Footballer and child poverty campaigner Marcus Rashford has slammed the amount given in the food parcels delivered to parents which are meant to be £30 worth of food.
Any household with children that would usually qualify for free school meals at school has instead received an option of food parcels which they can prepare at home. Yet there has been a huge amount of backlash as people say they are not being given £30 worth of food in these packages.
In one particular ‘hamper’, which has been shared by an unnamed parent, it includes two potatoes, one tin of beans, eight single slices of cheese, a loaf of bread, three apples, two carrots, two bananas, two Soreen slices, three yoghurts, some pasta and a tomato – all of which is meant to last 10 days.
The person that received the above food parcel said that they decided to go on Asda’s food website to work out what this parcel would have actually totalled to.
She wrote: “Priced via Asda: Bread 89p Beans 85p Carrots 15p Apples 42p Potatoes 22p Tomato 11p Cheese £1.45 Frubes 33p Pasta 10p Soreen 40p Bananas 30p Public funds were charged £30. I’d have bought this for £5.22. The private company who have the #FSM contract made good profit here.”
#FreeSchoolMeals bag for 10 days:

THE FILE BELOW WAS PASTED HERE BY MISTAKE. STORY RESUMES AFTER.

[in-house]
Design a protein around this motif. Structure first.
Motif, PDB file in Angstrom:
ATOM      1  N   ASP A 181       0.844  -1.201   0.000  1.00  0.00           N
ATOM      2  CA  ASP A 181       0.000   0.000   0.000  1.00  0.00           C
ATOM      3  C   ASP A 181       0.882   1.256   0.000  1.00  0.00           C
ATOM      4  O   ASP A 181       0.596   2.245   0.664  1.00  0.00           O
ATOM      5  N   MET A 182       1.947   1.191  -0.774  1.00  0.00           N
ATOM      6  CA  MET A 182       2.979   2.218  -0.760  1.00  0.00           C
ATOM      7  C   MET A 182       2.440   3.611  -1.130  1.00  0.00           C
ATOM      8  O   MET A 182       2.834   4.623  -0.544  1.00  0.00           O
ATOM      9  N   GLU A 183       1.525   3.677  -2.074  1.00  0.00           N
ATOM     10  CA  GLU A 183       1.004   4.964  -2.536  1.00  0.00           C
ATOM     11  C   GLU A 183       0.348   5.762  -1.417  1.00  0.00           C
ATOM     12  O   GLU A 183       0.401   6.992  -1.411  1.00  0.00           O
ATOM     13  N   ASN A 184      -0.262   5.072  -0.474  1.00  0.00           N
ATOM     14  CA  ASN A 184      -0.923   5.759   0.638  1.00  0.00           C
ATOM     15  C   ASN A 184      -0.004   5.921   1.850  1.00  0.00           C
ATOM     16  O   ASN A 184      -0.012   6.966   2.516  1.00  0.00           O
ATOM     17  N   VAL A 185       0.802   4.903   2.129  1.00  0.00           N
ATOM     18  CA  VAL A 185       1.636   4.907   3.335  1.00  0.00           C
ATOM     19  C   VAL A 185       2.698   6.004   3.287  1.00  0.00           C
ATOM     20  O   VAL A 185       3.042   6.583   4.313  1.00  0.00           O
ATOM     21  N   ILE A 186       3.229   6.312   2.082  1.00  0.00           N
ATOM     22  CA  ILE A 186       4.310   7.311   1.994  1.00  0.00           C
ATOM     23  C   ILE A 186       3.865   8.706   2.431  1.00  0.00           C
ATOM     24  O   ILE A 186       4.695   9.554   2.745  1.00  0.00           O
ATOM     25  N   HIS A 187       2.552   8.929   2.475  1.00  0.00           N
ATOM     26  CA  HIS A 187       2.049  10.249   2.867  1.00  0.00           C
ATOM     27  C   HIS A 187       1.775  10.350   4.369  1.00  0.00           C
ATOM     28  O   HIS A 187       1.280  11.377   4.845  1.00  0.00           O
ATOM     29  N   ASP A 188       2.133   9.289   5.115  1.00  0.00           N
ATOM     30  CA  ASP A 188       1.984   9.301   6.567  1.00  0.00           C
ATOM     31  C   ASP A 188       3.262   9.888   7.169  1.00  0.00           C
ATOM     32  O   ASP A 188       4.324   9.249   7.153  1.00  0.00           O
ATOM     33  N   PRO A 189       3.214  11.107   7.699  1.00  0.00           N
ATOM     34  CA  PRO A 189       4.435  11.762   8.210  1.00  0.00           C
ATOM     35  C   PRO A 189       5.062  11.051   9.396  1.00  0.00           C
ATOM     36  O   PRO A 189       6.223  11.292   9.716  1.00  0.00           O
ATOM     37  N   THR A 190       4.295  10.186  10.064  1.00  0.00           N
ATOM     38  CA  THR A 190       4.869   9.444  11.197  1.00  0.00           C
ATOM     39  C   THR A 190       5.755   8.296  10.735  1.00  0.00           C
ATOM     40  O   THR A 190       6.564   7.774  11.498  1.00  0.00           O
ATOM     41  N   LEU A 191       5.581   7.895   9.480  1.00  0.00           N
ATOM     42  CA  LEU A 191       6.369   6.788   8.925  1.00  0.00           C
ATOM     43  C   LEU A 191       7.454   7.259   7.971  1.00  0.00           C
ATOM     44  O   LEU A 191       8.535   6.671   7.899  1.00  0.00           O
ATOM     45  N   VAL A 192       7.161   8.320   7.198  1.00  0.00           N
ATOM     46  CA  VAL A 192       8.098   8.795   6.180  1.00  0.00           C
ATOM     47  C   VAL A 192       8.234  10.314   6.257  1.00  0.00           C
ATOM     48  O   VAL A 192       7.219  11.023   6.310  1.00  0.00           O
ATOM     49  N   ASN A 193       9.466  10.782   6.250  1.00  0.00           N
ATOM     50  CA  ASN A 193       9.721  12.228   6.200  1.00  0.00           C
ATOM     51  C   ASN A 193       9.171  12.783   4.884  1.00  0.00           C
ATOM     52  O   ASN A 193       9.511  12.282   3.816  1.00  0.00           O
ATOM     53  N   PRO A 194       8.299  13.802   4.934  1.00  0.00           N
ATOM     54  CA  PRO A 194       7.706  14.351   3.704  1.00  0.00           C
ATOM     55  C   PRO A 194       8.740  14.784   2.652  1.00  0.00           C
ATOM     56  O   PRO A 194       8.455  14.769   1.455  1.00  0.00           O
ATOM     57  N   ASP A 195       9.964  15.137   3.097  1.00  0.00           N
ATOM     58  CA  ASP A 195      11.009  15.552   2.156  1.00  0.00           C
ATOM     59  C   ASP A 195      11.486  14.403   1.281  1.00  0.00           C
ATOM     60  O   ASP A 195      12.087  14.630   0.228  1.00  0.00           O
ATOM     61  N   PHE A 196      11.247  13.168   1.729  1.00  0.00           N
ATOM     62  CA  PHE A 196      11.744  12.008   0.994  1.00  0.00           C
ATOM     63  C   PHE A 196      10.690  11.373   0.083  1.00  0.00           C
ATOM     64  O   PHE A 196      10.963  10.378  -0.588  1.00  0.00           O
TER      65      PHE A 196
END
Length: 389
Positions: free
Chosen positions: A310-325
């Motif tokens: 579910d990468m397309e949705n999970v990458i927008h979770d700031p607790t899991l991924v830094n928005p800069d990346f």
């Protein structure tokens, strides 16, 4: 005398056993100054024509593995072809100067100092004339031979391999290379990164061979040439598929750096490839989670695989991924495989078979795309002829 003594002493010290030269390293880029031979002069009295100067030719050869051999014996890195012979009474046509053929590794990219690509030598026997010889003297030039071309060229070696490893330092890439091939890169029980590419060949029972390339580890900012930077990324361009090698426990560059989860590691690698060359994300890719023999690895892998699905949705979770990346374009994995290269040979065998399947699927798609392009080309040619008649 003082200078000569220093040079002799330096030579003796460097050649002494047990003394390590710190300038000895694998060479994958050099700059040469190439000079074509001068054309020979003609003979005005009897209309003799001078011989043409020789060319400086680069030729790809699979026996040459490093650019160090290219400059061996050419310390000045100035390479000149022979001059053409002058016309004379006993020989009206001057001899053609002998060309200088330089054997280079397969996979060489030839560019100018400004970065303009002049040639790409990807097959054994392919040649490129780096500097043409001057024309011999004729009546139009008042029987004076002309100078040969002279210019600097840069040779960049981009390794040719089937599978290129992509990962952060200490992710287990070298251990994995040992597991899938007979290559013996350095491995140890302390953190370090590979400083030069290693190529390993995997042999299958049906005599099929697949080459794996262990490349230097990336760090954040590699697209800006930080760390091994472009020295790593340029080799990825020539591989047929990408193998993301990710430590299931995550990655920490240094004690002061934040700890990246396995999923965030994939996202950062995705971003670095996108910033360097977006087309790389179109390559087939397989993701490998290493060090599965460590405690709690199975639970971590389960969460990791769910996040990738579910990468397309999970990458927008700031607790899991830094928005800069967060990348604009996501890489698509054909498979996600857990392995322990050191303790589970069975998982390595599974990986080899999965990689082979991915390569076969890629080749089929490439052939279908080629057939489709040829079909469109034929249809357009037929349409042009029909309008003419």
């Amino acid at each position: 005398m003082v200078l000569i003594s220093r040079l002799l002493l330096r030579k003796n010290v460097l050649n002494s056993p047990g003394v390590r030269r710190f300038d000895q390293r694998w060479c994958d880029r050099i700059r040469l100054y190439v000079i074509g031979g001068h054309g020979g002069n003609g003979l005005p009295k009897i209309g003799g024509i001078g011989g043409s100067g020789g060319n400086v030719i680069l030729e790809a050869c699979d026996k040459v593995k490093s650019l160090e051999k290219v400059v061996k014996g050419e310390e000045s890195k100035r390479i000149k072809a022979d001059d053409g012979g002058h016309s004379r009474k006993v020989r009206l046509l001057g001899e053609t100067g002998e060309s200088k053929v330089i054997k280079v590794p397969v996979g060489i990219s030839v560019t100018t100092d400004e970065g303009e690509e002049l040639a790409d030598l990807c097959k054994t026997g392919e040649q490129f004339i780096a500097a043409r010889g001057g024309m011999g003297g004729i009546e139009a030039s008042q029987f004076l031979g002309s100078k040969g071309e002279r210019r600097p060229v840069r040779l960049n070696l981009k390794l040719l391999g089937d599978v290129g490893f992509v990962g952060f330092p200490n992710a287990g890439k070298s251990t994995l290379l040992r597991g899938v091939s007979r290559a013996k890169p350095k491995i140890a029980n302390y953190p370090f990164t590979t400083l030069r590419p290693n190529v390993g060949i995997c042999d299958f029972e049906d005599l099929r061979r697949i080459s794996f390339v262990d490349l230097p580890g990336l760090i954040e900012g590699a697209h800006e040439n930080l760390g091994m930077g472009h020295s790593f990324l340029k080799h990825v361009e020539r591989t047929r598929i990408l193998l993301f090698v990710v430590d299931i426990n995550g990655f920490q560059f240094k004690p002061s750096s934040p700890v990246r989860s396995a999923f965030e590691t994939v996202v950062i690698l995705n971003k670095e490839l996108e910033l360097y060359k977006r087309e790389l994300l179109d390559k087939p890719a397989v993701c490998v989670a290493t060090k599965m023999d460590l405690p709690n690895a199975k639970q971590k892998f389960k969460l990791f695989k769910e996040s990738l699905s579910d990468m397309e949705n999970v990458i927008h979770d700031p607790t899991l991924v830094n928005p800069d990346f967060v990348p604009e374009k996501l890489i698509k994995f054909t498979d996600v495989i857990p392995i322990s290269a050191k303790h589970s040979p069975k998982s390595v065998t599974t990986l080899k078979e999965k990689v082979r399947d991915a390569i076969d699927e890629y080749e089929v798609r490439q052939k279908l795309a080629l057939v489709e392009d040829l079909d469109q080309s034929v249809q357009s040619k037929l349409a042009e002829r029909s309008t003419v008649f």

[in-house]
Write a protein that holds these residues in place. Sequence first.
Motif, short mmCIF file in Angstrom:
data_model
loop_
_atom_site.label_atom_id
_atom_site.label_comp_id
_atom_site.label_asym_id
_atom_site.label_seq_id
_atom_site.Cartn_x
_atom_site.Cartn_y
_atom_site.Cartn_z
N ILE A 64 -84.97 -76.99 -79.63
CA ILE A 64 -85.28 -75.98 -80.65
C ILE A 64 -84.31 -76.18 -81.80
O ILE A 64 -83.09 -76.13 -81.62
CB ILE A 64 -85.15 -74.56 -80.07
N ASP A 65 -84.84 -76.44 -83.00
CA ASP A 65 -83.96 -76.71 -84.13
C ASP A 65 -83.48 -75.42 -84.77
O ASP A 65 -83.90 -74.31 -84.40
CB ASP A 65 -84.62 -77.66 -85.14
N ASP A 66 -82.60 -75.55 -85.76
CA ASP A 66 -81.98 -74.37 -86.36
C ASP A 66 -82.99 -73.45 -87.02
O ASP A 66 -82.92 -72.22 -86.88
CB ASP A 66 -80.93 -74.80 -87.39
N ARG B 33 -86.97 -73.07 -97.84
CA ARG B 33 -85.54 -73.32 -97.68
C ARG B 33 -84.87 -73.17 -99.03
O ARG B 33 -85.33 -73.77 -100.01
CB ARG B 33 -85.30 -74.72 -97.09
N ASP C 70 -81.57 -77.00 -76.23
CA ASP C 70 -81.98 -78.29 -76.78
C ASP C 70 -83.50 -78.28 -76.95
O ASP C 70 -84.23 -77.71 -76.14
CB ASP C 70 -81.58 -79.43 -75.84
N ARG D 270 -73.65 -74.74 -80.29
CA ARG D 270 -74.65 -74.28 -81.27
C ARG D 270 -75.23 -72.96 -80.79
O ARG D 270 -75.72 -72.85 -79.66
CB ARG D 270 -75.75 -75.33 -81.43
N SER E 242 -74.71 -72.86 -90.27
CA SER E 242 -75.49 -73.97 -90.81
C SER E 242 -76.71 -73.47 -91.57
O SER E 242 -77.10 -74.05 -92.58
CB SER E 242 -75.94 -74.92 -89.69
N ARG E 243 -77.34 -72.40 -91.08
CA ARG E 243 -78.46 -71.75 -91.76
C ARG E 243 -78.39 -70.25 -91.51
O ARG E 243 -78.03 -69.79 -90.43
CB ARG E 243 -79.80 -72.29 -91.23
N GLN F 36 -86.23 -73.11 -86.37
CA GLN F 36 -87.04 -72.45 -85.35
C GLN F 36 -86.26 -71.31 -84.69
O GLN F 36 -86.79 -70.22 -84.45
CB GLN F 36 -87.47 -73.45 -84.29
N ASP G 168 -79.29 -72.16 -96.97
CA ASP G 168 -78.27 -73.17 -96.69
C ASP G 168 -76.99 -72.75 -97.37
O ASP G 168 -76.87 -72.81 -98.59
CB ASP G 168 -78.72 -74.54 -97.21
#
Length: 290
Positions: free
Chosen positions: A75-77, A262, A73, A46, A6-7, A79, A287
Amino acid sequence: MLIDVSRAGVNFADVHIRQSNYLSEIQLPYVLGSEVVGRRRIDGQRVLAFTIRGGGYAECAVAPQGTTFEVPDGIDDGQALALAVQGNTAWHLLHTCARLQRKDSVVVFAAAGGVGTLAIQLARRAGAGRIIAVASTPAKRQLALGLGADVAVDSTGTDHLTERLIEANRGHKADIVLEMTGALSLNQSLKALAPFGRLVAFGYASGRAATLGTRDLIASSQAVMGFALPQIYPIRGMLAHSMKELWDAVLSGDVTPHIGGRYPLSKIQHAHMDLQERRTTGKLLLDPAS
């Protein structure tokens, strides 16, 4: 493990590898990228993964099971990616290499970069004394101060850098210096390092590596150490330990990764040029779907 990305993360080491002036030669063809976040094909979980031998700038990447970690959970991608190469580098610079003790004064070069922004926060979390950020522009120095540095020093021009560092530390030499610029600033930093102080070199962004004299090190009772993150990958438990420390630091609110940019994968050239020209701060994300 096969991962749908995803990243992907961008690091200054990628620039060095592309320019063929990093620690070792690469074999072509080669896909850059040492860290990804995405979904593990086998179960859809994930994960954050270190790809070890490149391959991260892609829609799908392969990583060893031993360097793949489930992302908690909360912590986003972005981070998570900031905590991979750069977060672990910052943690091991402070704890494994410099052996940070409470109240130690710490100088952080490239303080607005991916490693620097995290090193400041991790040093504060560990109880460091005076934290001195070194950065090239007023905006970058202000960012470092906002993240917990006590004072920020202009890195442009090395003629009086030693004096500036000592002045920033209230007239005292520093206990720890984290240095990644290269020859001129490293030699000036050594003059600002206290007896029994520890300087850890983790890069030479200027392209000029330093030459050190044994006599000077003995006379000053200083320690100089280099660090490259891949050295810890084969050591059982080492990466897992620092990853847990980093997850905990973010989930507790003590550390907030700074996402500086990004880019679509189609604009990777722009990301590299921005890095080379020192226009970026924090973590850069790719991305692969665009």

2 days jacket potato with beans
8 single cheese sandwiches
2 days carrots
3 days apples
2 days soreen
3 days frubes
Spare pasta & tomato. Will need mayo for pasta salad.
Issued instead of £30 vouchers. I could do more with £30 to be honest. pic.twitter.com/87LGUTHXEu
— Roadside Mum 🐯 (@RoadsideMum) January 11, 2021
#FreeSchoolMeals On the left £30 of food. On the right what private company Chartwells have supplied having been awarded a government contract to supply for £30 free school meals.
Utterly shameful profiteering off some of the country’s most disadvantaged kids! pic.twitter.com/XcmUm8qM1h
— MunchBunch (@Munchbunch87) January 11, 2021
3 days of food for 1 family…
Just not good enough. pic.twitter.com/Y7FJEFFAma
— Marcus Rashford MBE (@MarcusRashford) January 11, 2021
As parents have begun sharing their food parcels online, it has led to many questioning the effectiveness of Chartwells, the company which has been awarded the contract to distribute the food, with many baffled at how they are getting away with it.
Marcus Rashford, who last year successfully campaigned for the government to extend its free school meals scheme, has deemed the food parcels received by parents as “not good enough”.
Later on, he tweeted: “Children deserve better than this.”
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